WaukeePalooza has encountered some challenges over the years. The event was rained out in only its second year, and like many other events, it was cancelled last year due to the pandemic. But this year, with restrictions easing and many activities resuming, WaukeePalooza is back and better than ever.
Formerly known as the Bar-B-Kee Bash—a barbeque competition, followed by a concert in the evening—the event has undergone a rebrand, according to Devin Boyer, Director of Fund Development for the Waukee Rotary Club and WaukeePalooza Chair. “We rebranded to be more connected with Waukee,” he explained. “We wanted to keep it simple and find a family-friendly event that could bring people together.”
WaukeePalooza is the major annual fundraiser for Waukee’s Rotary Club, and all proceeds from the event “go right back into the Waukee community,” said Boyer. However, WaukeePalooza is far from the only way the organization is involved in the Waukee community. The club is part of Rotary International, a non-profit worldwide organization that focuses on service to others and promoting goodwill and peace through its fellowship of business and community leaders. Members join together to learn, grow and make their communities better places to live.
Since its founding in 1998, the Waukee Rotary Club has raised and invested over $400,000, both locally and internationally. The club provides scholarships for students in the Waukee School District each year, said PR Chair Keegan Wilkening, in addition to an annual coat drive for disadvantaged students. It also supports local nonprofits, such as the Waukee Area Christian Services Food Pantry, and community projects, such as a planned butterfly garden for residents to enjoy. Whether it’s packing meals with Meals From the Heartland, hosting a bags tournament for derecho relief, purchasing 1,000 face masks for medical workers in Africa, or coordinating a sock drive for the Dallas County Community Closet, Waukee’s Rotarians find ways to give back, even during challenging times.
WaukeePalooza will help the Rotary Club continue those efforts. With a focus on fun for the entire family, the fundraising event will feature food trucks on site, and both alcoholic and non-alcoholic beverages will be available for purchase. There will also be activities for kids.
Originally, the plan for WaukeePalooza was to spotlight youth bands and showcase young, amateur talent. “It was our original plan to have youth acts perform from noon to 6 p.m., with Big Time Grain Company [this year’s headlining act] coming on at 7 p.m.,” said Boyer. However, according to Wilkening, over the last year, music programs and music teachers haven’t had the opportunity to get together. So organizers pivoted. “We’re looking at more of a musical festival feel, starting around 4 p.m.,” said Boyer. Details are still being confirmed, but organizers are “very close” to announcing the opening act for WaukeePalooza, said Boyer, with the possibility of one or two amateur performers hitting the stage first to kick things off.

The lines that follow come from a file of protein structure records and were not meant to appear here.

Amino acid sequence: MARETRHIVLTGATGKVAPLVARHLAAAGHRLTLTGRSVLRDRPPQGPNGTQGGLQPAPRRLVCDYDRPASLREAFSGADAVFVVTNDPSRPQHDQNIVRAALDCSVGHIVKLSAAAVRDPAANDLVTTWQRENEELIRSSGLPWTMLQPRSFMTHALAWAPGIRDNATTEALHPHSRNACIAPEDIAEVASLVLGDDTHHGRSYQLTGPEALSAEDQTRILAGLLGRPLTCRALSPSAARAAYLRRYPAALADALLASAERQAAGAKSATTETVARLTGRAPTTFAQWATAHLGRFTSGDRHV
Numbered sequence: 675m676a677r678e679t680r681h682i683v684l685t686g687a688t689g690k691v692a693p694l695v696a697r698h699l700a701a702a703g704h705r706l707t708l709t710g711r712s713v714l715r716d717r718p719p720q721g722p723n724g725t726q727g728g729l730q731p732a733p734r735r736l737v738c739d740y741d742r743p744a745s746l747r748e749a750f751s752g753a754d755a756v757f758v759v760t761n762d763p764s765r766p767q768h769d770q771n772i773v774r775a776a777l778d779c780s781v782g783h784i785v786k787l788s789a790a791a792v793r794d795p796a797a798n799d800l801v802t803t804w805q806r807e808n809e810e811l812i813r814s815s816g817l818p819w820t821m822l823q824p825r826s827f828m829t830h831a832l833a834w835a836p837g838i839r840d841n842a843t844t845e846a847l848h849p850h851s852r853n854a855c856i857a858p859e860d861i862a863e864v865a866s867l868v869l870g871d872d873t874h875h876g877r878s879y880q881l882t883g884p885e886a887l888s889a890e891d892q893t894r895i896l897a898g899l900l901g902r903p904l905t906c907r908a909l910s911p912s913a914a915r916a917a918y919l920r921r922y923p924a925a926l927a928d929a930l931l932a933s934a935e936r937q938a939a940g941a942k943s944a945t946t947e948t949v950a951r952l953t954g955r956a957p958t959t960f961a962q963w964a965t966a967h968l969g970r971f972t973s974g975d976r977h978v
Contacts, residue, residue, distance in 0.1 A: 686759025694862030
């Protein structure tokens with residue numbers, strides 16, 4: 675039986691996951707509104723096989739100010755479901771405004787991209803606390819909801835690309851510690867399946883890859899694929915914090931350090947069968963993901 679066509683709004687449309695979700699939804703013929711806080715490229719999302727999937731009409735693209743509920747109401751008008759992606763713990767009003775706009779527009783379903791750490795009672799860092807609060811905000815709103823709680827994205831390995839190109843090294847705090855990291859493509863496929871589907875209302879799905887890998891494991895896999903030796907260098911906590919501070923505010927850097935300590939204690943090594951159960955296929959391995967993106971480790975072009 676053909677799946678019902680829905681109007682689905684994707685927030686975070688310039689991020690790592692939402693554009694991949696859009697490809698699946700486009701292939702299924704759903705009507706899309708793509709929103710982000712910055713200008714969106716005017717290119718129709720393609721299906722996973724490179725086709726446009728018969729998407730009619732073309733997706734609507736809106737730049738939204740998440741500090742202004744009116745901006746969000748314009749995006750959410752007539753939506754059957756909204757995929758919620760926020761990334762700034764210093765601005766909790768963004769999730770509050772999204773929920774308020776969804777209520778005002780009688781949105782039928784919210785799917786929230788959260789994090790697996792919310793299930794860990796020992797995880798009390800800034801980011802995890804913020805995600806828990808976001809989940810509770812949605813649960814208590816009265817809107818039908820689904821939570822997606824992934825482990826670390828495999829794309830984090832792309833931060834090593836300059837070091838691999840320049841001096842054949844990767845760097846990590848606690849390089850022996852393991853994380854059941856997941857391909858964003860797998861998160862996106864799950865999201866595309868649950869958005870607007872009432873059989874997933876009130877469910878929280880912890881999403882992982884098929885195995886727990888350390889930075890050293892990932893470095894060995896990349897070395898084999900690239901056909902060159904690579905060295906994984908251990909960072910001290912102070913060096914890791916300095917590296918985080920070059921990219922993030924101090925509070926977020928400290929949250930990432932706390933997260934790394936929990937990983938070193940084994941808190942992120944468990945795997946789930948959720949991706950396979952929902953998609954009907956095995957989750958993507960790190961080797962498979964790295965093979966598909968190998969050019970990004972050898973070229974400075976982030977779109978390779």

Attendees will then be in for a treat when Big Time Grain Company, one of the fastest-rising country bands in the Midwest, takes the stage as the headliner. The band has opened for artists like Travis Tritt, Dan & Shay, Big & Rich, and Luke Combs, and they were the only act to perform in front of 800,000 people at the Kansas City Royals World Series Celebration Rally. “They’re going to provide a great show,” said Boyer. “Given that country music is very popular here, we thought they’d be a good fit.”
Boyer notes that in a recent interview with WHO Radio, the band commented that Iowa has always been a part of their success. “Over half their shows will be in Iowa this year,” he said. “They’ve found a connection here.” The band itself echoed the sentiment: “Iowa is Big Time, and we always feel like we are with family in Iowa. We are absolutely excited for WaukeePalooza!”
You can catch Big Time Grain Company at WaukeePalooza on Saturday, August 28, in Waukee’s Centennial Park. The event kicks off at 4 p.m. and will run until 10 p.m. Tickets are $20 apiece and can be ordered through the event website at waukeepalooza.com. Tickets will also be available on the day of the event for an additional $5 apiece, said Wilkening. Make sure to check out the WaukeePalooza event page on Facebook for more information.
“It’s going to be a fun event,” said Boyer. “It’ll bring together the community at a time when people want to get together.”
If you’re interested in joining the Waukee Rotary Club, Boyer says to reach out to board members through the club’s website at waukeerotary.org. You’ll be invited to attend a weekly meeting—held every Thursday morning at Des Moines Golf and Country Club—as a guest. “You can come a few times to see if you want to join,” he said. You can also find a new member application on the club’s website if you’d like to formally apply. “We’re always open to new members,” said Boyer. “Come and see what we’re all about!”